An hour later, I’d shuffled out to the little breakfast room, ate my cheerios, scoffed down a coffee, snagged some grapes (score!), inhaled two tiny bagels, and pocketed a few extras, then went and finished packing. Rugged myself up to the absolute maximum layer-level. Leg warmers underneath leggings, booties, wool base layer, jersey, and wind shell. Balaclava to be rolled on prior to departure. Checked out. And that’s when the front desk clerk (the smoker), came and opened the doors for me so I could wheel Precious out with the greatest of ease.
“What made you want to do it?” she asks, and I explain that there is no explanation. She doesn’t need to know I can barely follow the line on the map in front of me, let alone my own logic.
“I’d be too scared to do something like that,” she says, and we both turn as two men in camo gear with trucker hats come out the front of the hotel and walk across to their bright white rental RV. She shakes her head thoughtfully, throwing her smoldering butt to the ground and grinding it out. Watches as I pull the balaclava over my head and clip on my helmet. The only bit of skin visible is the chilled pinkish circle of my cherubic face as it peers out. I look at her.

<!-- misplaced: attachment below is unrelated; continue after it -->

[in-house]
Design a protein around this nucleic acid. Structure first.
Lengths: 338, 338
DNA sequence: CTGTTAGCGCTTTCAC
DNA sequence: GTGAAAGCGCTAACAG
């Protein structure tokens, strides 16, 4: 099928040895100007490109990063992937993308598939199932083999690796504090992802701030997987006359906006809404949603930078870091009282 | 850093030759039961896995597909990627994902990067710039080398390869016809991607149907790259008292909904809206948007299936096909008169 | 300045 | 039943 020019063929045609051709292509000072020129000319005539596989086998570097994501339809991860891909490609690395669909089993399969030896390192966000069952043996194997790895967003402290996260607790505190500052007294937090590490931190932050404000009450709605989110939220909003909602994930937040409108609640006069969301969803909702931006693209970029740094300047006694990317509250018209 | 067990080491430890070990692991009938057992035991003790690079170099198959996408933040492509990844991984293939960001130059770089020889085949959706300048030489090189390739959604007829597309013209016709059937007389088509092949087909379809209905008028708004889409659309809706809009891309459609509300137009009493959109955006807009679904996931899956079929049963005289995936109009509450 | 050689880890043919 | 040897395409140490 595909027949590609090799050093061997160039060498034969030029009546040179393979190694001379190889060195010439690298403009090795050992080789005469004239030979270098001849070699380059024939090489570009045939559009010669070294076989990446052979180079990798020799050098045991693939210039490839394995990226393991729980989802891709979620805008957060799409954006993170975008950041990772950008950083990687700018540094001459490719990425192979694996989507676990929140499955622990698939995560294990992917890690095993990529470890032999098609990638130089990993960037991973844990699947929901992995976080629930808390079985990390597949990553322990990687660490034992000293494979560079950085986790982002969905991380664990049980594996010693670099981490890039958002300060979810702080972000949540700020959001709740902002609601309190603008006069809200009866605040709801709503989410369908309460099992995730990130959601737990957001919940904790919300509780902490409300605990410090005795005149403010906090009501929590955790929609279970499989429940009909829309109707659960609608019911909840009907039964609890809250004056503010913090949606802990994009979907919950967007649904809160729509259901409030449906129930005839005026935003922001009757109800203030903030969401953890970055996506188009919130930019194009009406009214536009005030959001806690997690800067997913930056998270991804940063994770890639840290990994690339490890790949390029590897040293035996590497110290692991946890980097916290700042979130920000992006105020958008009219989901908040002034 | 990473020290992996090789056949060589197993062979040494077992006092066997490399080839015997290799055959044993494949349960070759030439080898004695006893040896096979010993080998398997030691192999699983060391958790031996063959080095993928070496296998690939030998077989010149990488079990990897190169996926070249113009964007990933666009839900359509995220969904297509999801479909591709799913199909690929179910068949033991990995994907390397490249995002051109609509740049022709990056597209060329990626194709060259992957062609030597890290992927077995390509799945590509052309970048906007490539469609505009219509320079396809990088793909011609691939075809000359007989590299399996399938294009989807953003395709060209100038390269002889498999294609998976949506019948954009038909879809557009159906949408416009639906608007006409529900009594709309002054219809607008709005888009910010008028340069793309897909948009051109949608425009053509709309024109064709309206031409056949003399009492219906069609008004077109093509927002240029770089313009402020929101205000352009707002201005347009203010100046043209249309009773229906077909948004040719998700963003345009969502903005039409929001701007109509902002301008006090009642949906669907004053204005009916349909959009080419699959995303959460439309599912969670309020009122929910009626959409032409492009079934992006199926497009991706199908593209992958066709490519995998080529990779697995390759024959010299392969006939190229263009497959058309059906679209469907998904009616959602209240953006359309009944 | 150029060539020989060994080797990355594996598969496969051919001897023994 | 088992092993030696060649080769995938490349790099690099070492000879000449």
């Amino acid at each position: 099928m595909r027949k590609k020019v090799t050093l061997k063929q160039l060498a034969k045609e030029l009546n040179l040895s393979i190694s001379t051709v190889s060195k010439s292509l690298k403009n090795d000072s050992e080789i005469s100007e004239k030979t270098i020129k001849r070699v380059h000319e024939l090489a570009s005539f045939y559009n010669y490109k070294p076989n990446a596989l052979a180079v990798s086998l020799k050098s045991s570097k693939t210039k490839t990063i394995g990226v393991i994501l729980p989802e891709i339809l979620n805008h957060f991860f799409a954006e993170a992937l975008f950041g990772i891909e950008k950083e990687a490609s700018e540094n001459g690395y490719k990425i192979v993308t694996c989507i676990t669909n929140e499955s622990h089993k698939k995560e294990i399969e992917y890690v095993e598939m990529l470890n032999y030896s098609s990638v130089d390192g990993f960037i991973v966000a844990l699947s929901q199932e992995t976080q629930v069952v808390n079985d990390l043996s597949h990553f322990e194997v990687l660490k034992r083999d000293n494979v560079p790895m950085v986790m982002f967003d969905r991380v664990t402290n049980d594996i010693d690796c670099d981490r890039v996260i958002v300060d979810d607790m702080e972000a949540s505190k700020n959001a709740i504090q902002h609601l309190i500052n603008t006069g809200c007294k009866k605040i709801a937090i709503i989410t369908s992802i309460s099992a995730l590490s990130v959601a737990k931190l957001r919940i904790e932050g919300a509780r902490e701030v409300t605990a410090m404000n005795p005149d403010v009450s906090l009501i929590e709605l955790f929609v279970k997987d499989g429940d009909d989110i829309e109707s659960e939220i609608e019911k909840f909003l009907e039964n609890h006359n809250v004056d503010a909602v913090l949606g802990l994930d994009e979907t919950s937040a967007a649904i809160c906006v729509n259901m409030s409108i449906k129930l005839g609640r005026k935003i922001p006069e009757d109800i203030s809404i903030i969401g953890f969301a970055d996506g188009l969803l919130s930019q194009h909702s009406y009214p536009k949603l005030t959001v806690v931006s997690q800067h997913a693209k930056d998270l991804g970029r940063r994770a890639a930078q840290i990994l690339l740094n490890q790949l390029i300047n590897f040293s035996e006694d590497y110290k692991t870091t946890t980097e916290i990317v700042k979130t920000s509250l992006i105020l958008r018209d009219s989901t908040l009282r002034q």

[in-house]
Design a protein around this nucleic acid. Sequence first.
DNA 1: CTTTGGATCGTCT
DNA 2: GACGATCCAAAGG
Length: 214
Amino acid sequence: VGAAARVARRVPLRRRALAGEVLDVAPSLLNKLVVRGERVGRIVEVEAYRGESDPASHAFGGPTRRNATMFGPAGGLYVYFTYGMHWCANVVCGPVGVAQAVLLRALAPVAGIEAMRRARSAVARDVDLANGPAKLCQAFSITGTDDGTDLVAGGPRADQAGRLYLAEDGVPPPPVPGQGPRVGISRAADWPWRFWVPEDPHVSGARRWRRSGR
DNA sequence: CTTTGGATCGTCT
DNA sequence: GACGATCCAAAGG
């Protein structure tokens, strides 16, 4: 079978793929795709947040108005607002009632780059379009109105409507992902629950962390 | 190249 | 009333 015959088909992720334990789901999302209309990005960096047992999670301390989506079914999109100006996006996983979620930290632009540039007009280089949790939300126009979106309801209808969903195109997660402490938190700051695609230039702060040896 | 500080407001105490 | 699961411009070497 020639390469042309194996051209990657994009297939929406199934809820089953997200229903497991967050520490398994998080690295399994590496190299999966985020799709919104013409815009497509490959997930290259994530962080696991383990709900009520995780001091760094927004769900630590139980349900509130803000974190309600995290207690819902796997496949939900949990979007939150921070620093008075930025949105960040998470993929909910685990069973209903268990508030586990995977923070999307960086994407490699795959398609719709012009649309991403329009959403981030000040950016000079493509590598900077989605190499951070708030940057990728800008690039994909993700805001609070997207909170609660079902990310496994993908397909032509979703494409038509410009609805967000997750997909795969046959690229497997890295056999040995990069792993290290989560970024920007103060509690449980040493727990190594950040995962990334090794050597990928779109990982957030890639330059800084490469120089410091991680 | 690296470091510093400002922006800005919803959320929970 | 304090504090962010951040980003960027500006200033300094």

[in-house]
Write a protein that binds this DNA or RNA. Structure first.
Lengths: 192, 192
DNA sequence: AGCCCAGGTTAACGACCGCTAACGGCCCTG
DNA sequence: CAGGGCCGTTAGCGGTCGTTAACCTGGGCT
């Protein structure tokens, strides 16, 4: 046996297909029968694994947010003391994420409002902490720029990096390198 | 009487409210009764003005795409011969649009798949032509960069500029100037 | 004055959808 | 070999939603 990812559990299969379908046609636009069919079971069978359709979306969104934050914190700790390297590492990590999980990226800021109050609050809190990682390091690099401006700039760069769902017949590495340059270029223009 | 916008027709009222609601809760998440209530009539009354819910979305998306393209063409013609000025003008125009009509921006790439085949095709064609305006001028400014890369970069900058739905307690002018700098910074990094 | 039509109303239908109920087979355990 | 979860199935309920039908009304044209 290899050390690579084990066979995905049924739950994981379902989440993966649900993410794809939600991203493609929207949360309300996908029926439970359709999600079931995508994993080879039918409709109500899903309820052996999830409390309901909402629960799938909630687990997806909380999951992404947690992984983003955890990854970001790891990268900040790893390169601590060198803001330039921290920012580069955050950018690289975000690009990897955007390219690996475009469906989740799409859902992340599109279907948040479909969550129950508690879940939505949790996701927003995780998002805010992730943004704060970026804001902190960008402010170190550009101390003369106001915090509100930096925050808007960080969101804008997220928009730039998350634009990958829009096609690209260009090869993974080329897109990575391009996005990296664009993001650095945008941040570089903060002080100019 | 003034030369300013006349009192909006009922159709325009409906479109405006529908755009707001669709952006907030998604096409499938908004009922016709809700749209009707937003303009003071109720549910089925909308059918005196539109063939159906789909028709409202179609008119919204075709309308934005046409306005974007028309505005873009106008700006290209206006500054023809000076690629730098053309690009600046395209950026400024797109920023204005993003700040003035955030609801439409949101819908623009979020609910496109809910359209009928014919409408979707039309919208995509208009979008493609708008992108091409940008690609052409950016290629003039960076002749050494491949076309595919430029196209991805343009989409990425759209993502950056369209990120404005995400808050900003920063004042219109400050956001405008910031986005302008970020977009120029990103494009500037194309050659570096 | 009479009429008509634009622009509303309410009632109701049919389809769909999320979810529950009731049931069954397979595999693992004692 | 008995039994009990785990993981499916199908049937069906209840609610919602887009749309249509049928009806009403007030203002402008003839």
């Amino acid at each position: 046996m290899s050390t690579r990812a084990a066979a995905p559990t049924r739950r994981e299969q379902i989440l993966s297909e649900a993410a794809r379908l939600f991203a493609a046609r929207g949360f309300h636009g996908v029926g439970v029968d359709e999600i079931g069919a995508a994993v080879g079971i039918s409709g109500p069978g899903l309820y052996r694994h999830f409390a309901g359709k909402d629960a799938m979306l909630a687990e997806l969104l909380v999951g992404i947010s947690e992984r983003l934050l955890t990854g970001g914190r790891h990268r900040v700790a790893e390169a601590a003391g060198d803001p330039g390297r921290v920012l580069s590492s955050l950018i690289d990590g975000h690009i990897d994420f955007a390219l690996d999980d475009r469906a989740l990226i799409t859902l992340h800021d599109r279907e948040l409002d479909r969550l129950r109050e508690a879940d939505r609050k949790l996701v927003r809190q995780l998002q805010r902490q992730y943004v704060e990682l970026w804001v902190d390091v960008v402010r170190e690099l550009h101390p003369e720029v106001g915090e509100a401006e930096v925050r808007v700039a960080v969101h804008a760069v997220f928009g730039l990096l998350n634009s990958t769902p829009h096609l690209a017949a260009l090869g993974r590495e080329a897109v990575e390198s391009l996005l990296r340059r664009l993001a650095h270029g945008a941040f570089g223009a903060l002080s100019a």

“Nah,” she says. “But it’s gonna be nice later. Good luck! Be careful on the pass.”
And with that, she turns and heads back inside.
The air rips in beside my body and nuzzles up to my exposed cheeks. A small but stiff wind snaps and cracks the flags on the flagpoles at the edge of the parking lot.
Gloves on, jacket zipped, load tied. Won’t get anything conquered by lollygagging here I think and push off out the driveway.
The sky looks muted and cold-shouldered. The clouds, a grey, pasty sheen of sweat laid on the heavens above. I spy blue flecks here and there, over toward the horizon, and they hint at the potential for peeling back a bit later in the day. But for now, it’s just cold and hard and unpleasant as I try to guess where, on the far mountain range, Hoosier Pass actually is. Small peaks deftly reach out to touch the cloud ceiling and here am I, way down below, wondering where I’ll touch it for myself.